I’m kicking off the year with something new. To most people it’ll just come off as a modest housekeeping move, but bear with me. It’s good stuff. Instead of lumping all genres and release types into the typical One-Liners column — as I have since its inception in 2015 — I’m separating out the scores and soundtracks. They’re now in this lovely new Score-Liners column (which probably doesn’t need that hyphen but it’s a journey I’m embarking on anyway). As with the One-Liners series, it’ll be impossible for me to live up the promise of concise, one-line reviews. You’ll just have to open up your mind and enjoy the ride.
All right. Enough of that. Let’s get to the music. I’ve chosen five releases to get things going.
Ben Salisbury & Geoff Barrow — Archive 81 (Soundtrack From The Netflix Series)
It’s no secret that I’m a fan of the work of Salisbury and Barrow (as articulated in this interview with Salisbury and Bob Locke about Devs and in this review of Annihilation, among other things). With their music for Rebecca Sonnenshine’s Netflix horror series, Archive 81, they have yet to disappoint me (or anyone). The Invada Records/Lakeshore Records release showcases the duo’s staggeringly eerie and satisfyingly imaginative approach to composing music for film and TV. They are quick to challenge our preconceived notions of what a score should be — leaving the viewer stuck in a state of perpetual wonder and terror as they watch this show about a researcher cataloging the rather messed up video archive of a missing filmmaker. Some of the cues contain rhythms, sound designs, or melodies that recall the duo’s groundbreaking work on Julius Onah’s stunning Luce, but they’re not resting on their laurels here. Get this release as fast as you can and watch the Mamoudou Athie- and Dina Shihabi-starring show now. Like, right now.
Isobel Waller-Bridge — “Play Your Cards” from Munich: The Edge of War
I haven’t yet heard the full score for this — Milan Records will release it Friday, concurrent with Netflix’s release of the World War II film itself — but even with just this single out there it’s clear that Isobel Waller-Bridge is continuing her trend of creating compelling scores. Waller-Bridge is perhaps best known for her work on Black Mirror or her sister, Phoebe’s, groundbreaking show Fleabag, but on Munich she really, well, lays all her cards on the table.
“I created original sounds from woods and metals that I found in the city where my studio is located,” she said in a statement recently. “I designed the layers of sound in combination with strings and piano to speak to the foresight of war – the sirens, the shrapnel, old bells and the transmission of codes and information. The fate of these people and their countries is heavy and I wanted to haunt the film with textures that reflect and to some degree anticipate this. Much of the score is minimalist sound design, but very dense as I wanted a close feeling…finally, when the chapter of the film is reached where our protagonists believe they have achieved peace, the score opens up for a sense of relief, but also vulnerability.”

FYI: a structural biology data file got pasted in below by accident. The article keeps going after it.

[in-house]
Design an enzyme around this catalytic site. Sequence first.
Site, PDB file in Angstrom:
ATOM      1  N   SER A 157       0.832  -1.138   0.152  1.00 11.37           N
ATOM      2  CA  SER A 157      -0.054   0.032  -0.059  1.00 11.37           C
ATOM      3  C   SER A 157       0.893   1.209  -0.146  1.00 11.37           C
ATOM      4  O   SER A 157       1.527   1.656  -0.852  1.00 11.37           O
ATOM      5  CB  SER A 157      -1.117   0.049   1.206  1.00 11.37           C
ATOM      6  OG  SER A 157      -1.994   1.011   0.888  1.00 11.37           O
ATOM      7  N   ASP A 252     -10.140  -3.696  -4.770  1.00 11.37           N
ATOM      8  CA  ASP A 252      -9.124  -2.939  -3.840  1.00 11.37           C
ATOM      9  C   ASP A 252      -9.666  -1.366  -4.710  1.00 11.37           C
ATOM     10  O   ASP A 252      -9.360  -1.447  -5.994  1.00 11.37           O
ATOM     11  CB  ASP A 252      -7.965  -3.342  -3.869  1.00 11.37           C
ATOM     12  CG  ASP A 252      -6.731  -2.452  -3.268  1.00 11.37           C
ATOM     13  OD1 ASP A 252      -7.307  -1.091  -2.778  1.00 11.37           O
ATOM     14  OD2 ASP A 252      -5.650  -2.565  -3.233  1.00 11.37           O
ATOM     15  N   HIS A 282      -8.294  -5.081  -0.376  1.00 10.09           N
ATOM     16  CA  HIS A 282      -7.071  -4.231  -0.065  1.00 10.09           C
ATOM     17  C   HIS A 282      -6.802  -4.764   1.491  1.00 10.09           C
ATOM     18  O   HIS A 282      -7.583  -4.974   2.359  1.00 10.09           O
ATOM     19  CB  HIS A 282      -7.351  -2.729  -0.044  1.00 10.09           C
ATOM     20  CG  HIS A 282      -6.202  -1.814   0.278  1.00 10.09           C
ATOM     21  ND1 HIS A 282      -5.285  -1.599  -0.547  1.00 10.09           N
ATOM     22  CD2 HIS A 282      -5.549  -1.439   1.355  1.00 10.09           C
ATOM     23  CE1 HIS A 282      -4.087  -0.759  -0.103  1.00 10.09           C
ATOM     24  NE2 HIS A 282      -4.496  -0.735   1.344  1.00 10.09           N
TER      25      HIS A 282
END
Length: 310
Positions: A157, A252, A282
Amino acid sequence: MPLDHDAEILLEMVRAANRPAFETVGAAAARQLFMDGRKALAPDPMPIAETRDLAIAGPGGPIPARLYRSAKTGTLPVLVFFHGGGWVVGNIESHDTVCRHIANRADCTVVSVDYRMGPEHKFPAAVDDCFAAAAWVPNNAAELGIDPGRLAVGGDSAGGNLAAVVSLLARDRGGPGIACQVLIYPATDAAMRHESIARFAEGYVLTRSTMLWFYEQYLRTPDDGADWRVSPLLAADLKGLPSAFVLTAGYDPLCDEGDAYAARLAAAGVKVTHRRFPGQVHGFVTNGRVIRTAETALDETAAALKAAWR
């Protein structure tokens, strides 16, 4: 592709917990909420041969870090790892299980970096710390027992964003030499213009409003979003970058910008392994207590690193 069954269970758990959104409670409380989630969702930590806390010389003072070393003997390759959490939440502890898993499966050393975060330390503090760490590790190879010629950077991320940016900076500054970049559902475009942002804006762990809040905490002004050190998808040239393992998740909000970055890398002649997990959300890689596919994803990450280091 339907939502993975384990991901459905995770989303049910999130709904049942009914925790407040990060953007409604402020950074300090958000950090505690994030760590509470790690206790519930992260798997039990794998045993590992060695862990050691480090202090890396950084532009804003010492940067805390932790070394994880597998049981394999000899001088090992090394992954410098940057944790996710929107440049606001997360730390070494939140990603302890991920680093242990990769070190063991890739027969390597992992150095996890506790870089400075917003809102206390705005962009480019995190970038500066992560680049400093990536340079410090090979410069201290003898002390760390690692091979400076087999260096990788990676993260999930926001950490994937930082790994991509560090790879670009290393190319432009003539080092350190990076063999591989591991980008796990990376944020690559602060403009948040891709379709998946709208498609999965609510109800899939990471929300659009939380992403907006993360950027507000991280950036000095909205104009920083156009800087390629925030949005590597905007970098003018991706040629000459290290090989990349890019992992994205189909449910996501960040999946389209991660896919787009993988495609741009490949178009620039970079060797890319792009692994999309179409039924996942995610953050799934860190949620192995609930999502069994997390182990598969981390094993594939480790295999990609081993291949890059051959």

The film, directed by Christian Schwochow and starring Jeremy Irons, George MacKay and Jannis Niewöhner, takes place on the eve of Hitler’s invasion of what was then Czechoslovakia, and gains much from the stirring trepidation and visceral intensity of Waller-Bridge’s score. I’m keeping my eye (and ears) on this one, for sure.
Joseph Trapanese — The Witcher: Season 2 (Soundtrack from the Netflix Original Series)
Netflix is dominating this inaugural Score-Liners. This time, it’s the music to the second season of Lauren Schmidt Hissrich’s The Witcher from the inimitable Joseph Trapanese (Tron: Legacy with Daft Punk, Oblivion with M83, Straight Outta Compton, Prisoners of the Ghostland, and many more). For something this epic you really need someone with a knack for composing gargantuan but inventive fare, and naturally Trapanese delivers. Go ahead and dive in, it’s a blast. The show, starring Henry Cavill, just finished up that second season. (The first season’s music, composed by the famed duo, Sonya Belousova and Giona Ostinelli, is also compelling and worth your time.) The score is out now digitally via Milan.
Trapanese is teaming up again with Tron:Legacy and Oblivion director Joseph Kosinski on Escape from Spiderhead, a psychological sci-fi film coming out this year on Netflix and which stars Chris Hemsworth, Miles Teller and Jurnee Smollett.
Carter Burwell — The Tragedy of Macbeth (Soundtrack from the Apple Original Film)
Another recent Milan Records release is Carter Burwell’s stunning music for Joel Coen’s mind-blowing iteration of William Shakespeare’s classic play. Even though it’s only one Coen brother this time, the film marks merely the latest venture in a decades-long partnership between Burwell and the Coens that began with 1984’s Blood Simple. (He’s scored so many other amazing films from other directors, too, that I’ll refrain from trying to list them here just to save space). This time around, Burwell honors The Bard so well, cultivating a downright captivating score that boilers over with dark foreboding and mesmerizing melody. Those of you on the fence about Shakespeare might find your hearts and minds changed when faced with this film and Burwell’s music. (Just check out the acting talent: Denzel Washington, Frances McDormand, Kathryn Hunter, and Brendan Gleeson, among others.)
Brian Tyler — Scream (2022) (Music from the Motion Picture)
I haven’t yet seen the fifth entry in the franchise, but let’s just say Tyler’s score is a, well, you know…
You can pre-order the vinyl via Varèse Sarabande, and the digital is out there in the usual spots.
This is the first Score-Liners column, which is a spin-off of the One-Liners column that has become quite popular on Vehlinggo since its introduction in November 2015 and re-introduction in January 2019.